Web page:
The week in higher education – 26 January 2017

The good, the bad and the offbeat: the academy through the lens of the world’s media

January 26, 2017
Week in higher education illustration (26 January 2017)

The Daily Mail had nothing but praise for Theresa May’s vision for a “fairer, more united and more outward-looking” Global Britain, yet it seemed that its readers were less keen on internationalism, to judge by the reaction to another story in its pages last week. The suggestion from University of Cambridge academic Wendy Ayres-Bennett that Brits should be given more opportunities to learn Polish, Urdu or another language to help immigrants integrate better into society provoked an almost unprecedented tsunami of apoplectic criticism on the newspaper’s comments board. Despite also stating that immigrants were “rightly” expected to learn English once they arrive, Professor Ayres-Bennett’s idea, reported briefly on 18 January, was just too much for most readers to take. “Loony left”, “professor of ridiculous ideas” and “dangerous woman” are among the more repeatable comments made, with some even demanding that the prime minister “drain the swamp” that is Oxbridge. With almost 6,000 comments, Professor Ayres-Bennett might wonder how a fairly innocuous idea might generate more reaction than any Mail Online story about Donald Trump last week.

Health secretary Jeremy Hunt is thought to have pocketed about £15 million after his education listings company Hotcourses was sold, the Daily Mirror reported on 16 January. Mr Hunt – who is under fire for his handling of the NHS funding crisis – picked up the windfall after the firm he founded in 1996 was snapped up by the Australian company IDP Education, the paper said. The deal is said to make him the richest member of the Cabinet, as he owns 48 per cent of shares in the firm, which was reportedly sold for between £30 million and £35 million. A takeover worth £35 million would see him pick up a pay cheque of £16.8 million – 722 times more than an average nurse’s salary of £23,245, the Mirror said. “As the NHS collapses around him, Jeremy Hunt makes more money in a few seconds than some NHS workers take home in a whole year,” said Labour MP John Mann. “These Tories live in a truly different world,” he added.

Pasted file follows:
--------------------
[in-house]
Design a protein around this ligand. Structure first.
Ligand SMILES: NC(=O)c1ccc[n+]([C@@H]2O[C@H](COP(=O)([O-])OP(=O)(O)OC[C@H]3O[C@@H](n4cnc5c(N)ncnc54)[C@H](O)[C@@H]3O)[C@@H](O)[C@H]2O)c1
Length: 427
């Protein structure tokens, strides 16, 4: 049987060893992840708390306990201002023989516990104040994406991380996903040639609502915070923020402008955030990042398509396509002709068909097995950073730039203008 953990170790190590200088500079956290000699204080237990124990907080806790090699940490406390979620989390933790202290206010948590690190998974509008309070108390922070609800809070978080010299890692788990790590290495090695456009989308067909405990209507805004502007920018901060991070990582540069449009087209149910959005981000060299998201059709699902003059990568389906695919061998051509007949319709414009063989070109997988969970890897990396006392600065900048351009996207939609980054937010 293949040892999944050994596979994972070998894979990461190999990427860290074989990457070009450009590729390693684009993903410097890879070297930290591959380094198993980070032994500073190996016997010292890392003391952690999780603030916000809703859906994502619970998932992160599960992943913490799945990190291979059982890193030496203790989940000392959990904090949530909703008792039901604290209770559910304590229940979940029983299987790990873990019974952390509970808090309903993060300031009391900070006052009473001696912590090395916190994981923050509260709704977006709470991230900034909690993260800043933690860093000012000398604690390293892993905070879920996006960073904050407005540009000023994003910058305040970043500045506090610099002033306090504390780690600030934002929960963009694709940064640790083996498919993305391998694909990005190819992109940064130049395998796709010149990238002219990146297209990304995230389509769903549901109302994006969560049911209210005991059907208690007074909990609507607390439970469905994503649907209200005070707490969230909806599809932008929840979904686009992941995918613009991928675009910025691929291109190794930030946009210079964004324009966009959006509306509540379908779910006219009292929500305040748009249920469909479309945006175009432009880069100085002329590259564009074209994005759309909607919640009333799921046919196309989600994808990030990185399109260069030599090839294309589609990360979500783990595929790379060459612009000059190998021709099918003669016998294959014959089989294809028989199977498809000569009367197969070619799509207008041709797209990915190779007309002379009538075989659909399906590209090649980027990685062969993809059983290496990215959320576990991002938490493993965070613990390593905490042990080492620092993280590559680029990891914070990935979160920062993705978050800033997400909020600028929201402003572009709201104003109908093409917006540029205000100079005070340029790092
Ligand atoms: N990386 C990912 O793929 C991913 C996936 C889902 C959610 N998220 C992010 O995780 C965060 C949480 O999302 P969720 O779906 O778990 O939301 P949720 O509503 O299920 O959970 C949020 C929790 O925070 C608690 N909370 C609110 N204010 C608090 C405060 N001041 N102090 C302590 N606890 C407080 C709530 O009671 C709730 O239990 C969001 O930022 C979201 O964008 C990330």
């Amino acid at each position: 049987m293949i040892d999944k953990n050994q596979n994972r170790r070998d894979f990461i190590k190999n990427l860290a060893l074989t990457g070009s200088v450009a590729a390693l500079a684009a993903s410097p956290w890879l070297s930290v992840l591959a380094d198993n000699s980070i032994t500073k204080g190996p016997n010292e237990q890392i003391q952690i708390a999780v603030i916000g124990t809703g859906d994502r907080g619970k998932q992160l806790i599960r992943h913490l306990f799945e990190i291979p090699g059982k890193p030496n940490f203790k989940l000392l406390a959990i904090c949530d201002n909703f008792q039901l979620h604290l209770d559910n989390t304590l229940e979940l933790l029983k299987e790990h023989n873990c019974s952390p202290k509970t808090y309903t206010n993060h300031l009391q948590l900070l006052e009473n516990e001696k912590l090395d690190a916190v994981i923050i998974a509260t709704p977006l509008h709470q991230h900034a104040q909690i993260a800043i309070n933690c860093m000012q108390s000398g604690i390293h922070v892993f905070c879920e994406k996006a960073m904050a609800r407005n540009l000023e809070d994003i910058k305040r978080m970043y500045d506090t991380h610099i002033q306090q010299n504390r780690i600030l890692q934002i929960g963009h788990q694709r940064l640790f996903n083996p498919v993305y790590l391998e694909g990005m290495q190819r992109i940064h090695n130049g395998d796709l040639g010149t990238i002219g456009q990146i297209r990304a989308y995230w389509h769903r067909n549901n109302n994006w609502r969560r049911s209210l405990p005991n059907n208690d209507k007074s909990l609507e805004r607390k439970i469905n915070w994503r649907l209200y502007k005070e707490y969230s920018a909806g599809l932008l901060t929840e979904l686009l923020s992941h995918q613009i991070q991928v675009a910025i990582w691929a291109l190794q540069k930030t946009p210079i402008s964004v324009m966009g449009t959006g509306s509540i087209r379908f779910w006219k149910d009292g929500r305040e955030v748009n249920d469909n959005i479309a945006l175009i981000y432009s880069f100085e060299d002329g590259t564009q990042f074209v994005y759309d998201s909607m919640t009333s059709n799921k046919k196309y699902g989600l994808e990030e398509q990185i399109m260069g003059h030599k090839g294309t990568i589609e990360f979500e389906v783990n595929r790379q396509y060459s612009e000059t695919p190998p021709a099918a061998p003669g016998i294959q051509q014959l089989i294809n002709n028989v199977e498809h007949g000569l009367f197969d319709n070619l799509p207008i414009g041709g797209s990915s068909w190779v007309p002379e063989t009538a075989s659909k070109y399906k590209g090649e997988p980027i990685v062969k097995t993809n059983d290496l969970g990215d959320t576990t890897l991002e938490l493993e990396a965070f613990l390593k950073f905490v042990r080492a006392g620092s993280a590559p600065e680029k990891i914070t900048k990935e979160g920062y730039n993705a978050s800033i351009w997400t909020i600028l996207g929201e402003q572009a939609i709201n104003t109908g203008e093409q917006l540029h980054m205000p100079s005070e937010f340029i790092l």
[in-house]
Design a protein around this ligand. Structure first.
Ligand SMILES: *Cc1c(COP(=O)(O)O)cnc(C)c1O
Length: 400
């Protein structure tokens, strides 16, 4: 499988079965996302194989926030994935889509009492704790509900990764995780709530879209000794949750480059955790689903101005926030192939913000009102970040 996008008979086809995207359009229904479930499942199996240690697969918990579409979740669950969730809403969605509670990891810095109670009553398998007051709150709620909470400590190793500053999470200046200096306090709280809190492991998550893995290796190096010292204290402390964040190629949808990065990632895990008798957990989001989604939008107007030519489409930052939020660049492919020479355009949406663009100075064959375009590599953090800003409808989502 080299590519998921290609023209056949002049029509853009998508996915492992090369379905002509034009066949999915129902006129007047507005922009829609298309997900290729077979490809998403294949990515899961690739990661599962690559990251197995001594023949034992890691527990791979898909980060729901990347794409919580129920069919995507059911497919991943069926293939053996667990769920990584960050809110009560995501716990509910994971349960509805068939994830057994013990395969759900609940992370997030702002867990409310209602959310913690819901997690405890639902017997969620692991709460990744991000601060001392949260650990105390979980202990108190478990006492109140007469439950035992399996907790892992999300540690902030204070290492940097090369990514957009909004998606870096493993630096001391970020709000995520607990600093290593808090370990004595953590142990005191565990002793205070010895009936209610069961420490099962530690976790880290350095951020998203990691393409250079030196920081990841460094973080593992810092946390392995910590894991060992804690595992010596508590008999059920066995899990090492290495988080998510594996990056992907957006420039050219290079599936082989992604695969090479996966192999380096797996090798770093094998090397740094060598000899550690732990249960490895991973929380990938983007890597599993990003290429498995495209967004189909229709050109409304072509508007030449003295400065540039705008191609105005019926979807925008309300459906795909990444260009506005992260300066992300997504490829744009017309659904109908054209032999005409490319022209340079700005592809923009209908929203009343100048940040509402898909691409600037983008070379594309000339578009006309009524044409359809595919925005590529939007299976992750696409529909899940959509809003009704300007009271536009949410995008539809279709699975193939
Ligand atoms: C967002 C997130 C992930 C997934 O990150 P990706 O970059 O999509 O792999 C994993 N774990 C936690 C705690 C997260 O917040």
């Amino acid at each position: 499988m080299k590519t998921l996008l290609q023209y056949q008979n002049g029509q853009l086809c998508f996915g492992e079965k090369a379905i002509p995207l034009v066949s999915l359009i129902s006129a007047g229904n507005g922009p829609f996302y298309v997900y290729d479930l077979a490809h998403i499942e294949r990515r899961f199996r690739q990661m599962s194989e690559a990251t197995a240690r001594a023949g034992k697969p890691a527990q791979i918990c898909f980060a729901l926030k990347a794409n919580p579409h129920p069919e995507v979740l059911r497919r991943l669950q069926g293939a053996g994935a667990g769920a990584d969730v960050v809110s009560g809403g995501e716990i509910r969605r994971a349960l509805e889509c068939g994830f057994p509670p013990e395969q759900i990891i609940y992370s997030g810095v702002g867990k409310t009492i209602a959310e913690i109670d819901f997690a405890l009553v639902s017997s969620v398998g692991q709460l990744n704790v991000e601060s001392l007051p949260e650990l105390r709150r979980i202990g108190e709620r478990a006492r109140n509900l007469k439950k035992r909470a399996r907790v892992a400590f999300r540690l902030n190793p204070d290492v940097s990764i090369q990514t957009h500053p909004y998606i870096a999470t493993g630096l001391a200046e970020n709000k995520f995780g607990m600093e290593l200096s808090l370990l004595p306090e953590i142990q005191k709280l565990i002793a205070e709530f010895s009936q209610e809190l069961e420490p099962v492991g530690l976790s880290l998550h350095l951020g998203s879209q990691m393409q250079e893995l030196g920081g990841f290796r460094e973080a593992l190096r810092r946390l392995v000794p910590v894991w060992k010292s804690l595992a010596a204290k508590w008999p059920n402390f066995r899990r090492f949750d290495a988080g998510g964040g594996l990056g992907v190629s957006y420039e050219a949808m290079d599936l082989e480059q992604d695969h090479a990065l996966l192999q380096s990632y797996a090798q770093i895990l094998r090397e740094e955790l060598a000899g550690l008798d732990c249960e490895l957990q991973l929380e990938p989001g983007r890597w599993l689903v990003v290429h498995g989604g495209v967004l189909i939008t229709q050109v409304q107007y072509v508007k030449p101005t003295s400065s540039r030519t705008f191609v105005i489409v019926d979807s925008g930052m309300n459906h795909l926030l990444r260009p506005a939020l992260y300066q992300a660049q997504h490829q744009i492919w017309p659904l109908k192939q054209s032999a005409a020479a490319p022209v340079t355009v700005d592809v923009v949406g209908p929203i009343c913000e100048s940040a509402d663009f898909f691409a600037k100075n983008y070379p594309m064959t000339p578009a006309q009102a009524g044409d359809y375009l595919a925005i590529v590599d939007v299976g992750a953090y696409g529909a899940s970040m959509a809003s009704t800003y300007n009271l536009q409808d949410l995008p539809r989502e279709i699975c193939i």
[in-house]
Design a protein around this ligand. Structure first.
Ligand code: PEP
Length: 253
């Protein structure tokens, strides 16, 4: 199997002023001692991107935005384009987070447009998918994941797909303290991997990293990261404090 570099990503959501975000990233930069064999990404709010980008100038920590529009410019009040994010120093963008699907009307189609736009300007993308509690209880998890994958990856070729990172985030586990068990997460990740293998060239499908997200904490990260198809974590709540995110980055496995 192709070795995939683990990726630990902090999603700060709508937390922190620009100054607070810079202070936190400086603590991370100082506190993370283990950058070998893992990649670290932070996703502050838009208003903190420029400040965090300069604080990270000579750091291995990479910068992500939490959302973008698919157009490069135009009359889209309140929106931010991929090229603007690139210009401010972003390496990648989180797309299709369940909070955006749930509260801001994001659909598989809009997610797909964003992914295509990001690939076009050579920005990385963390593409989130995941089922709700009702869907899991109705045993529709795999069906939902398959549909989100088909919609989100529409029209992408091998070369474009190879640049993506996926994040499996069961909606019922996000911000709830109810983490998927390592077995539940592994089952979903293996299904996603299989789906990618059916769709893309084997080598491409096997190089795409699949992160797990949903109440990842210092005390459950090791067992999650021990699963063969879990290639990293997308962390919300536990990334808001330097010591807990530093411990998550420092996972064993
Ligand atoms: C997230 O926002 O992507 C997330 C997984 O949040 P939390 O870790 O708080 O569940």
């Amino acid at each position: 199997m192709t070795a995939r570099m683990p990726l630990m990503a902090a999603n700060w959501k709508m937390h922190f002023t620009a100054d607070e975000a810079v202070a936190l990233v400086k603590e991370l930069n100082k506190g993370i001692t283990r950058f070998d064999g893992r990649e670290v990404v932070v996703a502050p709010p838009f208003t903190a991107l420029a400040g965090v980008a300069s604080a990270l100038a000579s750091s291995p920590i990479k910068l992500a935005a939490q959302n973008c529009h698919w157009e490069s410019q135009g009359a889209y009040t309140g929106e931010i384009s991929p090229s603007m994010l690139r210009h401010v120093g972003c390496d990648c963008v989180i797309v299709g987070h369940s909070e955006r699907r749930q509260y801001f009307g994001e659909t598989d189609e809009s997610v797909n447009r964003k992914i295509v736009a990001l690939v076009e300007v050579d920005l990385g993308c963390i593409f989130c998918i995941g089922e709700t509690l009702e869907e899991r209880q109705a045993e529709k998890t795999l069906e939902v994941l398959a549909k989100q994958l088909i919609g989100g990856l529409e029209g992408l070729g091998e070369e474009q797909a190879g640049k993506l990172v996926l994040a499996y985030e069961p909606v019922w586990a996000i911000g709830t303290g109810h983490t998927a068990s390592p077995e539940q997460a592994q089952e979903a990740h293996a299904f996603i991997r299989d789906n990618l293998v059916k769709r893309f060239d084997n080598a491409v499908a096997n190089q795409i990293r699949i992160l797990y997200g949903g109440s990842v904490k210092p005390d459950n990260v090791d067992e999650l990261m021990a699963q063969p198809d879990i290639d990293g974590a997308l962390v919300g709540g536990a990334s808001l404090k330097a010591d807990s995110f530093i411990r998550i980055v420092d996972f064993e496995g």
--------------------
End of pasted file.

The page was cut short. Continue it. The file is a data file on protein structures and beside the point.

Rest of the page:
The world’s longest exam cheat note has been discovered by Russian academics, the Daily Mail reported on 17 January. While most cheats might risk a few equations written on a hidden Post-it note, students in Voronezh in south-western Russia instead opted to pen detailed answers for a nuclear physics exam on a 12ft-long roll of wallpaper, the paper said. Pictures of the incredible exam aide soon went viral, but many wondered just how the creators hoped to sneak the “note” inside the examination hall. Russian physicists might have additional worries about the note given its obvious uselessness. How could students so clearly lacking in intelligence get anywhere near a nuclear physics degree course?

The UK government is to spend £170 million on new institutes of technology to provide qualifications for the 50 per cent of young people who do not go to university. As part of the new industrial strategy, colleges specialising in science, maths and technology will be rolled out across the UK, helping to address regional disparities in education and skills. The new institutes would “help ensure young people develop the skills they need to do the high-paid, high-skilled jobs of the future”, said Theresa May, the prime minister, adding that they would “extend the same opportunity and respect we give university graduates to those people who pursue technical routes”. But the new capital funding, which will be allied to an overhaul of science and maths education, amounted to a “drop in the ocean” and “another set of gimmicks”, according to Sally Hunt, general secretary of the University and College Union. Far from heralding a “critical part of our plan for post-Brexit Britain”, as Ms May claimed, Ms Hunt said that the announcement was little more than a “relaunched skills strategy”.

Kanye West’s closeness to Donald Trump has dismayed many of the musician’s fans, but it seems that one academic’s admiration is undimmed after he launched a course about the hip-hop artist’s “black genius”. As part of a module at Washington University in St Louis, titled Politics of Kanye West: Black Genius and Sonic Aesthetics, Jeffrey McCune uses the rapper and producer’s life to discuss issues of race, gender, sexuality and culture, the Daily Mail reported on 18 January. “Kanye really uses hip-hop as a vehicle to display all of his talents, albeit some better than others,” said Dr McCune, whose classes will include “critical listening parties” and performances by guest artists. Some might scoff at the politics of Kim Kardashian’s other half. However, with the new US president keen to secure some celebrity backers, will the hip-hop icon end up with a top job in Trump’s administration sooner than we think?

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